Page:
Fixed income style factors: Moving from theory to practice

Oct 15, 2020
  • Scott Radell
  • Tom Parker, CFA

The combination of low yields and more challenging conditions for active managers may have investors looking for new ideas in fixed income markets. Explore how a style factor-based approach to US corporate bonds may potentially generate improved absolute and risk-adjusted returns.

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Style investing in fixed income

Equity and fixed income investors alike have often strived to discern the drivers of investment returns. Over time, clear and persistent drivers of returns—known as “factors”—have been identified.  BlackRock’s research has shown that the core principle of factor investing—systematically identifying and capturing persistent risk premia—also applies to bond markets.

Style factors help explain differences in risks and returns within asset classes. Historically, style factors represent characteristics, such as quality and value, which may determine, for example, why one group of corporate bonds may have outperformed another.1

BlackRock has identified a broad set of fixed income style factors grounded in intuitive, fundamental investment concepts. The figure below provides an overview of the four principal style factors—quality, value, momentum, and low volatility—that we believe have the most application for investors.

Overview of fixed income style factors

Overview of Fixed Income Style Factors

Source: BlackRock. Based on the opinions of the Systematic Fixed Income Group as of October 2020. Forecasts are based on estimates and assumptions, there is no guarantee that they will be achieved. The information shown above is for illustrative purposes only and not meant to be a recommendation to buy or sell any security.

Style factor application: Reach for Safety NOT Yield

Today’s low yield environment has made it challenging to generate income and total returns while managing corporate bond risk. Investors are often forced to reach for yield and take on more risk to meet return and income targets—further bidding up the prices of the riskiest securities. While reaching for yield may work in upward trending markets, avoiding defaults when the credit cycle turns downward is extremely important to maximize total return in the long run. Consider an alternative approach to investing in US corporate bonds that reaches for safety—not yield.

Implementing style factors in US corporate bond portfolios

A “reach for safety” approach to credit investing blends the characteristics of two diversifying2 style factors—quality and value—into a single portfolio that seeks to minimize the drawbacks of reach for yield portfolios.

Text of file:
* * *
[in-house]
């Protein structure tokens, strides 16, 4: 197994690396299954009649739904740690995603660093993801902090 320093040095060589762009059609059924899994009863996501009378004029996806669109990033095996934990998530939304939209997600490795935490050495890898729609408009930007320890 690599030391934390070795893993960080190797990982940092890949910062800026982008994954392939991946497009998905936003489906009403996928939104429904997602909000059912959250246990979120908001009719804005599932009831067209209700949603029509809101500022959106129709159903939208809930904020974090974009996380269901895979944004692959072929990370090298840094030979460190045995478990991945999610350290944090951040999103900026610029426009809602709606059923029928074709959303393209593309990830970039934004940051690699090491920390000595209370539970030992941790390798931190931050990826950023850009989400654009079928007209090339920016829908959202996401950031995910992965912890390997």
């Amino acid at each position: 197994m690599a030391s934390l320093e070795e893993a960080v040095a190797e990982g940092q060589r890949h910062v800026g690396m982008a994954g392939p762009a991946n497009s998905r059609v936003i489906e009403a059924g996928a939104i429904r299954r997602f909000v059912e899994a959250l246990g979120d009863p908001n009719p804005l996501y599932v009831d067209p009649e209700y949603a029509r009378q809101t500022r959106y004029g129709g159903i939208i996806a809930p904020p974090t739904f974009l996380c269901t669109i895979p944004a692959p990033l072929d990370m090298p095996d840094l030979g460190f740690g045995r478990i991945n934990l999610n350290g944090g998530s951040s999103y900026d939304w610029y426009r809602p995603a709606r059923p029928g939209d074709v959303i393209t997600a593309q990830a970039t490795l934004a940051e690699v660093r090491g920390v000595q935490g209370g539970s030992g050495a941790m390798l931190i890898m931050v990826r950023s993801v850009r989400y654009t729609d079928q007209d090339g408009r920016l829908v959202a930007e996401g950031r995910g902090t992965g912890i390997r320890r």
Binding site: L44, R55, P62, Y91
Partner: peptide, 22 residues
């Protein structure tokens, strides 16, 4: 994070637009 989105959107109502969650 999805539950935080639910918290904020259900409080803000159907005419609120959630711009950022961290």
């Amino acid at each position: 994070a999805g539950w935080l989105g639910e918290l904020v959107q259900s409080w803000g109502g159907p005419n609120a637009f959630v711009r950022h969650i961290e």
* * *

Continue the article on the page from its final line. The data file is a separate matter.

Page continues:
First, a quality factor screen can be used to remove riskier securities that have a higher probability of default. Intuitively, we believe removing such securities may help provide downside mitigation and avoid the behavioral bias of chasing yield in riskier securities. Second, a value factor tilt can be used to favor bonds that appear to be underpriced relative to fundamentals. Value is a historically rewarded risk factor which seeks to identify bonds that are inexpensive relative to their financial strength.3

Blended style factor portfolio construction process

Style Factor Portfolio Construction Process

Source: BlackRock. Investment process is shown for illustrative purposes only and is subject to change.

Such an approach allows for the screening of riskier, overvalued exposures while simultaneously seeking to preserve market context yields and improve total return potential with less cyclicality.

Moving from factor theory to portfolio practice

This style factor framework has been developed into a set of rules-based credit indices through the BlackRock Investment Grade Enhanced Bond Index and the BlackRock High Yield Defensive Bond Index.

These indices may provide opportunities to meet a mix of client objectives such as higher total returns, lower volatility and superior risk-adjusted returns versus market-capitalization-weighted allocations. Although the current live track record for these indices is only three years long, we believe the current results and the future of fixed income style factor investing are promising.

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The fundamental investment concepts underlying style investing in equities can also be applied to fixed income markets.


Style factors can help explain the historical differences in risk and return among a universe of US corporate bonds.


Style factors, such as value and quality, can be integrated into a US corporate bond portfolio to pursue improved absolute and risk-adjusted returns over a market index.

Tom Parker, CFA
CIO of Systematic Fixed Income
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Scott Radell
Head of Core Portfolio Management, Systematic Fixed Income
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